Tribute to Dadabus galore

To know someone’s sitting by forever,
And they lose their patience never,
To know they love you, but might not show it,
Understand, though we might not know it,
To know there’s a silent hero among us,
Though without all that popularity fuss,
A miracle from the heavens in the sky,
Even in misery, the streams of life never dry,
To know someone who’s had an individual past,
And a personality which in history shall last,
To know amidst us sits someone grand,
Who knows how to take a strong stand,
To know all this and to know that he,
Is our Dadabu and shall always be,
A miracle from the heavens in the sky,

A spirit which shall never die.

Because my Dadabu truly is one in a million 🙂 I gave this poem to him, and his mixed emotions were adorable since he isn’t very expressive emotionally, something I get from him.

Meow Tales

Something’s not right,
I say as my cat fiddles with her food,
Don’t you think so too?
She meows, clearly not in the mood.
I pat her head and keep talking,
Of how the world has declined,
Of how we need to really move on,
But I suppose this talk doesn’t appeal to her kind.
Frustrated, I sit by her side,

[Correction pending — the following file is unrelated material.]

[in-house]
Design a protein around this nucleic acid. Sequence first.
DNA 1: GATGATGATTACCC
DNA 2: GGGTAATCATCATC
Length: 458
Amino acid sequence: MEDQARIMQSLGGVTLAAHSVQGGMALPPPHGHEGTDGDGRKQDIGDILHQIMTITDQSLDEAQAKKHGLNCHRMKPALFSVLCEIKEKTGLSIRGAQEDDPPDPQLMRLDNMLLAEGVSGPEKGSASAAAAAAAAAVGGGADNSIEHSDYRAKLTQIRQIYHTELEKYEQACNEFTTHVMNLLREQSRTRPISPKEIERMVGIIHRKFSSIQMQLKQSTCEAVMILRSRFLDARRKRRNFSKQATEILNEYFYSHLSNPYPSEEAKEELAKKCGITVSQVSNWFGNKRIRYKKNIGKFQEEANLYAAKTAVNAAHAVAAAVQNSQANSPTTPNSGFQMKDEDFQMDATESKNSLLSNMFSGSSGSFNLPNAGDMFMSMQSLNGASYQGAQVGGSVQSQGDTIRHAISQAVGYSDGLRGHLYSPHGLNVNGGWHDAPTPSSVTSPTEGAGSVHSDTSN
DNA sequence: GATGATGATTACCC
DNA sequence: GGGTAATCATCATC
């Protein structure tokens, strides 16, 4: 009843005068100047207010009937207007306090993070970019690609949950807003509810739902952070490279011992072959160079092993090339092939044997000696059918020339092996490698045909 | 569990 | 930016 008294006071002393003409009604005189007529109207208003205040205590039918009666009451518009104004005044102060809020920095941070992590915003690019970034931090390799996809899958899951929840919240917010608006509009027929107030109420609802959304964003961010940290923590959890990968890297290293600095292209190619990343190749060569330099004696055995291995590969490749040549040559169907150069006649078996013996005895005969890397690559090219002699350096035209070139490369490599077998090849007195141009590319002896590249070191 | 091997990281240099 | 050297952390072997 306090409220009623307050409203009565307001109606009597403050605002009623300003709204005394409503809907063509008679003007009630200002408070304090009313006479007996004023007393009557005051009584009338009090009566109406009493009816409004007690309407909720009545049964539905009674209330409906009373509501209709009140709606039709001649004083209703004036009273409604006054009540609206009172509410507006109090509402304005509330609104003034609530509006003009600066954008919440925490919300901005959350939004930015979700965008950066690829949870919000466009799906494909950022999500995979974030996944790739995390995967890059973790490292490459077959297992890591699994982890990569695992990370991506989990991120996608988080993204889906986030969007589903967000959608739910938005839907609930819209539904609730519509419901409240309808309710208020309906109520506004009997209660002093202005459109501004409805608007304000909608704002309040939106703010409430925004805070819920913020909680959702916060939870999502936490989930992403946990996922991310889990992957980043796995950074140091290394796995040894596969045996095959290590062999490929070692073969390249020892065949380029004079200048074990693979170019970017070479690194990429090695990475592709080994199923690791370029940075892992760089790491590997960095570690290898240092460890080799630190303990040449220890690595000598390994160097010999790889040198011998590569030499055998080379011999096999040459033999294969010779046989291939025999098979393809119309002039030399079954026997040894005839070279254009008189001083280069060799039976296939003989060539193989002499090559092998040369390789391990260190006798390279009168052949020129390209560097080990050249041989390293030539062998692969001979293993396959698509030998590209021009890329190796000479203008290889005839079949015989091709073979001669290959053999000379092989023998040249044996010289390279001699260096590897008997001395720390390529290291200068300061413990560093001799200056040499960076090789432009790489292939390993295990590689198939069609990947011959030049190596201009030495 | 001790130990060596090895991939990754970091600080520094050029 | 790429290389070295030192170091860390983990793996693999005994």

Hey, listen kitty, there’s a problem,
That food? It’s all gone,

She looks up, her eyes full of glum.

Hidden religion

If I thought living in Pakistan and trying to blend in the socially conscious sphere of people was difficult, I have to close my eyes and think again. Because if you went to a central Asian Muslim state in our North, compared to Pakistan living would be as oppressive as slavery. Only in different ways.
Let’s start off with the book our life’s supposed to revolve around – the Quran. The true, Arabic version of the Quran is unavailable and only official translation can be kept. One cannot teach one’s children the beautiful language of Arabic either.
A parent or a teacher is not allowed to instruct his/her child religiously, and this ban is strictly checked. Before the age of 18, one cannot ask one’s child, “Come pray in the mosque with me”; instead the child must make his own decision about praying publicly when he turns 18. Eid prayer, though, is observed.